We woke up from a longer night of resting than I expected to the rising Maui sun. Stretching over balcony walls, tip-toeing through the garden of bushes proceeding rails, and hugging us through the windows while we lie prone in bed. B playing her island game on phone, me caressing her and smuggling a few remaining bits of sleep.
Breakfast at the Cafe Kiowai(every spot is a cafe out here, or doubles as one as the case is here) was below par. Great tasting pancakes and stuffed french toast at a price I could have cooked the damn food my Self for. The food did taste great, however.
B and I left the overly priced morning meal for Kihei, a section of Hawaii’s Maui Island that looks to be much more residential than resort. Our destination was to pick up our Marriage License from the Health Department. On the ride, my mind drifted to the old Yakub myth detailed in The Honorable Elijah Muhammad’s “The Message To The Black Man”. Not that I am a staunch believer in the teachings, well, to a degree, moreso it tickles my fancy. The Yakub theory comes to my mind often when the topic of mating comes up, though.
Back in Maryland, B and I filled out the forms for marriage online. Interestingly enough, when one applies for the groom to take the bride’s last name, it prompts the program to ask why. In 2015, I suppose some customs are difficult to breach without too much ado about nothing. B felt the need to preempt the curious reaction from the woman issuing the documents. The lady behind the computer in the small office on the side of the house smiled and said while rare, it occurs enough for her not to be shocked. In fact, she went on to say, she wished her son-in-law took their last name.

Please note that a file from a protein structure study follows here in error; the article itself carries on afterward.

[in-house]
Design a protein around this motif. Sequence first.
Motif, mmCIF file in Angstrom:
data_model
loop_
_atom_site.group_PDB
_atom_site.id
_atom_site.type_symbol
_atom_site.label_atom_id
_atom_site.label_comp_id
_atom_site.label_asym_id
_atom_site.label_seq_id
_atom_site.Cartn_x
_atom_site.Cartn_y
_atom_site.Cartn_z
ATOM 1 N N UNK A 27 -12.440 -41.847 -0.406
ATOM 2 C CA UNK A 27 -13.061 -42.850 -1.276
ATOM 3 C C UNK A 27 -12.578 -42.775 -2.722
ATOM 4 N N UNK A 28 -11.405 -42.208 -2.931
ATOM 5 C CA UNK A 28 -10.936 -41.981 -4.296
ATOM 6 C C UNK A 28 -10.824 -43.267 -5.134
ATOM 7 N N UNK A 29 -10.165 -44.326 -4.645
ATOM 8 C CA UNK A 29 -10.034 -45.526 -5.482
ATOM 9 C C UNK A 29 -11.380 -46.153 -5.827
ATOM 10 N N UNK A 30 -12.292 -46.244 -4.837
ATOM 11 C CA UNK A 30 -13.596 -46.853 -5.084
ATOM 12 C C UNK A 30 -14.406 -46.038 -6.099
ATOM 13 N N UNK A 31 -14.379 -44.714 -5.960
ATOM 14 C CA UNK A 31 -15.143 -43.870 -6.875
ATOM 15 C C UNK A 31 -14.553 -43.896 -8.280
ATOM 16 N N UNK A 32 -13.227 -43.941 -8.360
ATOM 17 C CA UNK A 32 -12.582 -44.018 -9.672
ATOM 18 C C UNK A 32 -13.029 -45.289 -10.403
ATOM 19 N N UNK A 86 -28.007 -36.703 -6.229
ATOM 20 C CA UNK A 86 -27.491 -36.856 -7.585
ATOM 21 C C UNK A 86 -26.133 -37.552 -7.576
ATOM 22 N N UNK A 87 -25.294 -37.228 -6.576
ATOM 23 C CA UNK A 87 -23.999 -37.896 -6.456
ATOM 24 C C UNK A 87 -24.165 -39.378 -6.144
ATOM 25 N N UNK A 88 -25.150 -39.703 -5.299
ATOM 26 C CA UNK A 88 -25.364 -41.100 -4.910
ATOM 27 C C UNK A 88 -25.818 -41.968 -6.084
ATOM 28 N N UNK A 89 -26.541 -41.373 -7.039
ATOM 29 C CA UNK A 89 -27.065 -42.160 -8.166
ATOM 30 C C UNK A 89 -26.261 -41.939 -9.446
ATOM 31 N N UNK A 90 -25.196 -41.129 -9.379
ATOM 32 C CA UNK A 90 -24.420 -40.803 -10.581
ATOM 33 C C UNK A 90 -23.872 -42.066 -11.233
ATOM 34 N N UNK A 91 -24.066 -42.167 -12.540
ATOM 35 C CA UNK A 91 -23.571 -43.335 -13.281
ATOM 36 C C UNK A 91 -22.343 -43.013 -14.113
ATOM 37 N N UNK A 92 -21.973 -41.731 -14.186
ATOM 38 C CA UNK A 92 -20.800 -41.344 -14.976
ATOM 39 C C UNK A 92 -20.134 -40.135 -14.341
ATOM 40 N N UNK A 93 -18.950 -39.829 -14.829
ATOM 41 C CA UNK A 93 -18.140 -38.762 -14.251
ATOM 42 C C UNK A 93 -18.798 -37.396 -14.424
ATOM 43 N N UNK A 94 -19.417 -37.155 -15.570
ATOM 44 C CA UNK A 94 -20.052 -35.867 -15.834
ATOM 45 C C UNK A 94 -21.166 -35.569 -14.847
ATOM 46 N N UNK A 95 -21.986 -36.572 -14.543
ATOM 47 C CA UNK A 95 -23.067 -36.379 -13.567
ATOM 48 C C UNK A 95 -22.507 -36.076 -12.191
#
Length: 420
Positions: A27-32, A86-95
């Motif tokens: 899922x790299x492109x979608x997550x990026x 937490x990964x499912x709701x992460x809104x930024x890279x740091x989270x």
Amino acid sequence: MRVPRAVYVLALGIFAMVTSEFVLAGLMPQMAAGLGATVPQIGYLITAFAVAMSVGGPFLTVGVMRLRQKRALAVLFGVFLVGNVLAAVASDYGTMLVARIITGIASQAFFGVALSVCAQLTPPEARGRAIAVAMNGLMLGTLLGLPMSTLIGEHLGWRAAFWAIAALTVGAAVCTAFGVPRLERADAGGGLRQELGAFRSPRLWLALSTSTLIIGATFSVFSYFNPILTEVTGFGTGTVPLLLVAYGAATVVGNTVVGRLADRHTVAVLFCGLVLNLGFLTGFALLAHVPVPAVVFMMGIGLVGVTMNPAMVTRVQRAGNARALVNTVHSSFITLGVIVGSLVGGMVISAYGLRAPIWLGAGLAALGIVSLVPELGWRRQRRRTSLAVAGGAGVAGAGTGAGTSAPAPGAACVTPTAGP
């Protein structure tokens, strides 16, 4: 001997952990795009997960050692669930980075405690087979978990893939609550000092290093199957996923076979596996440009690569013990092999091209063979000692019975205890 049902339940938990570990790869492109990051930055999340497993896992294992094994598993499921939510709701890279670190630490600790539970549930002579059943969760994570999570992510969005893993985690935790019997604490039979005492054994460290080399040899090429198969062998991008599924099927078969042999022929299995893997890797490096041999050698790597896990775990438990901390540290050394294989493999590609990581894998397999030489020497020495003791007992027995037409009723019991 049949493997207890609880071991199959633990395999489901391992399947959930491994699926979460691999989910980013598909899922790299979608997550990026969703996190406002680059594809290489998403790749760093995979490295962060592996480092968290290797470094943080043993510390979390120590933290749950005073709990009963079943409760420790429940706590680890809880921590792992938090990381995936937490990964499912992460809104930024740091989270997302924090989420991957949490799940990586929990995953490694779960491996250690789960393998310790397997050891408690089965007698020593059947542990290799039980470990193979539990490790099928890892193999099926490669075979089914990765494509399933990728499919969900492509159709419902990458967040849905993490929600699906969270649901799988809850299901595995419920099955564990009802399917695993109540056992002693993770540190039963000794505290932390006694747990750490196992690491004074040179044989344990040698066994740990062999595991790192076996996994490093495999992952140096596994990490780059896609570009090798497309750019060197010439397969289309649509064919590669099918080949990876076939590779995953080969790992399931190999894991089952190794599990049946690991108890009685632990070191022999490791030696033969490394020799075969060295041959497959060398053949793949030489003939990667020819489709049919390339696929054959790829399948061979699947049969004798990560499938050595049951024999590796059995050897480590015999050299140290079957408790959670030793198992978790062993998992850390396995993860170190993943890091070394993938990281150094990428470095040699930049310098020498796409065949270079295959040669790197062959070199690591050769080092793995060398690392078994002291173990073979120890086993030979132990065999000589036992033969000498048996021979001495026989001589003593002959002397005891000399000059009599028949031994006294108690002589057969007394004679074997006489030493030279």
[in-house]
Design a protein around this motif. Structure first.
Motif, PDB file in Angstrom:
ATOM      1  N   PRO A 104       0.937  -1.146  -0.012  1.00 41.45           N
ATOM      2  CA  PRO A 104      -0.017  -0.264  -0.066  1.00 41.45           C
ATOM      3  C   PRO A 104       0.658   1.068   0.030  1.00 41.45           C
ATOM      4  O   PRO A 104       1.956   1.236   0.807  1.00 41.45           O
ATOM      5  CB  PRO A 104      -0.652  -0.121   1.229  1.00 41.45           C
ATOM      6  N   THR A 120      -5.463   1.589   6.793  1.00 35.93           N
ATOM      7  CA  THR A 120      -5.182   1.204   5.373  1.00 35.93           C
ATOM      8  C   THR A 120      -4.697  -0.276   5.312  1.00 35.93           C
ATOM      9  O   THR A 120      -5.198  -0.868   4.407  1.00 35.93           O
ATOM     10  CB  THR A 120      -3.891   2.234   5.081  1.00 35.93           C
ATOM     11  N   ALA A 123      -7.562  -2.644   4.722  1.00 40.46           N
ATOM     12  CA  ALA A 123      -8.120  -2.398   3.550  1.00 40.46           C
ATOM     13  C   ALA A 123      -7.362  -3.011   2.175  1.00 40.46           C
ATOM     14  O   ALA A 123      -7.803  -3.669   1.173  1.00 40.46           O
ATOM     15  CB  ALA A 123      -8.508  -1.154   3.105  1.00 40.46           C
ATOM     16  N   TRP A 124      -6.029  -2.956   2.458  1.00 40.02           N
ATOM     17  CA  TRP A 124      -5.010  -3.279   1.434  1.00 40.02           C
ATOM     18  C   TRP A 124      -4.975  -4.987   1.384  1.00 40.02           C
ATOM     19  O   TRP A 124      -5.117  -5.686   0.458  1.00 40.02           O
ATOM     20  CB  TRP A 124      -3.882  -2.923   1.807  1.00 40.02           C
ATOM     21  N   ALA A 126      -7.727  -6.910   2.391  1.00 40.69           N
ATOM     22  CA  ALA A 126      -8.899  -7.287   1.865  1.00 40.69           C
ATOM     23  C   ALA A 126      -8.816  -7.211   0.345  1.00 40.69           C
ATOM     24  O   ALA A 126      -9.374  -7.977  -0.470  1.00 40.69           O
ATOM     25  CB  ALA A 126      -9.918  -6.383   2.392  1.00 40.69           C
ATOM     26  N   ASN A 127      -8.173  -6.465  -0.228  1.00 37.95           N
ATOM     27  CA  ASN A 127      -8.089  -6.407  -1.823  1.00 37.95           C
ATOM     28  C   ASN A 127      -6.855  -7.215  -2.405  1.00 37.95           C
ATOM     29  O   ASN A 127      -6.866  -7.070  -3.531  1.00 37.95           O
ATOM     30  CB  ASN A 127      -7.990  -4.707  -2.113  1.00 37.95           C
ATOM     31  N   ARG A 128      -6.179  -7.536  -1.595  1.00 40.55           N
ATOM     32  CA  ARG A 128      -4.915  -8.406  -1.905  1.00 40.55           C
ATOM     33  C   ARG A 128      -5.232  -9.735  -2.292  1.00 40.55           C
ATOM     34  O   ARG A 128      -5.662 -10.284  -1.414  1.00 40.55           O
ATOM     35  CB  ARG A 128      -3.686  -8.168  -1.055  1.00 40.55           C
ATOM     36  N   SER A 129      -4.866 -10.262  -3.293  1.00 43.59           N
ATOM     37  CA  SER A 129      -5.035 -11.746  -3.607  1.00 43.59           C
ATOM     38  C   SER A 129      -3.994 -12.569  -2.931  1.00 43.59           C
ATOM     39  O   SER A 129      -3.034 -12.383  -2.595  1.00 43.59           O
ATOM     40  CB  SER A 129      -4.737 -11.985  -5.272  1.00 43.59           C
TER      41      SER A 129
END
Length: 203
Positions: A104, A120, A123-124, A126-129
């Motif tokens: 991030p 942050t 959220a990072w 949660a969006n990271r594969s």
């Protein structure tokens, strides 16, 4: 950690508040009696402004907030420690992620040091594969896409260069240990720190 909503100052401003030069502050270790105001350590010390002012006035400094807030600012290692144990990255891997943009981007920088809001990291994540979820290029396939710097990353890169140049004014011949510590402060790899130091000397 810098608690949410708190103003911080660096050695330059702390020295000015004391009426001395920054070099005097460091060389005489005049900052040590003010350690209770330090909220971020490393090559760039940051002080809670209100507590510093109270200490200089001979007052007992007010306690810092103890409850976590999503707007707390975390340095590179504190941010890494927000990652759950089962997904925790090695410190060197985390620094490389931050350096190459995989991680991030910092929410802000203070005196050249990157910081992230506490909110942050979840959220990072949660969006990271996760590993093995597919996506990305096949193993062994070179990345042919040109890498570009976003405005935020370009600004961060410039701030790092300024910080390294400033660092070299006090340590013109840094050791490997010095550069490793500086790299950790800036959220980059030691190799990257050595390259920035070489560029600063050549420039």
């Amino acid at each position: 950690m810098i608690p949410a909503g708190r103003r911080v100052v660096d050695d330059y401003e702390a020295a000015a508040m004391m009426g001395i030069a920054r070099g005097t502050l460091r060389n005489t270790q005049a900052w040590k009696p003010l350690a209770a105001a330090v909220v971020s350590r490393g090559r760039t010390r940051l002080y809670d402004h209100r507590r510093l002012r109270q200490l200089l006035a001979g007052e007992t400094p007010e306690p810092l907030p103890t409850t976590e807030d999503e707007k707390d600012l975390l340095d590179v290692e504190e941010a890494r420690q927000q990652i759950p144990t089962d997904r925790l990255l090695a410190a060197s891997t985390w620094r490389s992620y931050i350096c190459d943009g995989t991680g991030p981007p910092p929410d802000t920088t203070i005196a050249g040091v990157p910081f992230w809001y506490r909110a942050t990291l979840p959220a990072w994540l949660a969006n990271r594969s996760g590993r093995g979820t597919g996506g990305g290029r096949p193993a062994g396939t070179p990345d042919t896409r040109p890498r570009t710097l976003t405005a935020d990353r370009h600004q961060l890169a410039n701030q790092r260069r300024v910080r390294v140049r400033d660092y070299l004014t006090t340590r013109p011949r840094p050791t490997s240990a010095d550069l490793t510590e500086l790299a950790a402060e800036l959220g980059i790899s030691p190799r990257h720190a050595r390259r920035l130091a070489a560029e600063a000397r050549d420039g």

Me and B left, a bit weary for the realization that it was actually going to happen, I believe. I did not expect to feel any sense of nervousness. I mean, we’ve been living together for the better part of four years. And yet, we returned to the room and rested, giggling between naps as we looked at the official paperwork. We did leave out for snacks.
Something I did not consider until I was there was how difficult it is to supply the world’s farthest most landmass. And the prices of common groceries, like cereal, definitely reflects that. I would also suppose the need to compete with surrounding tourist’s traps would add to overall price of foodstuffs in the area. Not to beat a dying mule here, but, I continue to be shocked by the dearth of Black people here. Maui is a very Whyte area, even almost southern Whyte in feel.
Later, once evening arrived, we joined B’s mother and two uncles at Molokini’s once again. While the food is not horrible, actually, the food tastes great, I do dislike resort restaurants. And my disdain for racial hierarchies that do not have US Blacks as lead echelon tend to annoy me. However, social analysis aside(again), my dish was terrific, B says her dish was satisfactory, but everybody at the table thought differently about their own food. I, once again, do not favor resort dining, I like to get out & about, mixing & mingling more with actual locals. But, hey, the, well, my food was delicious.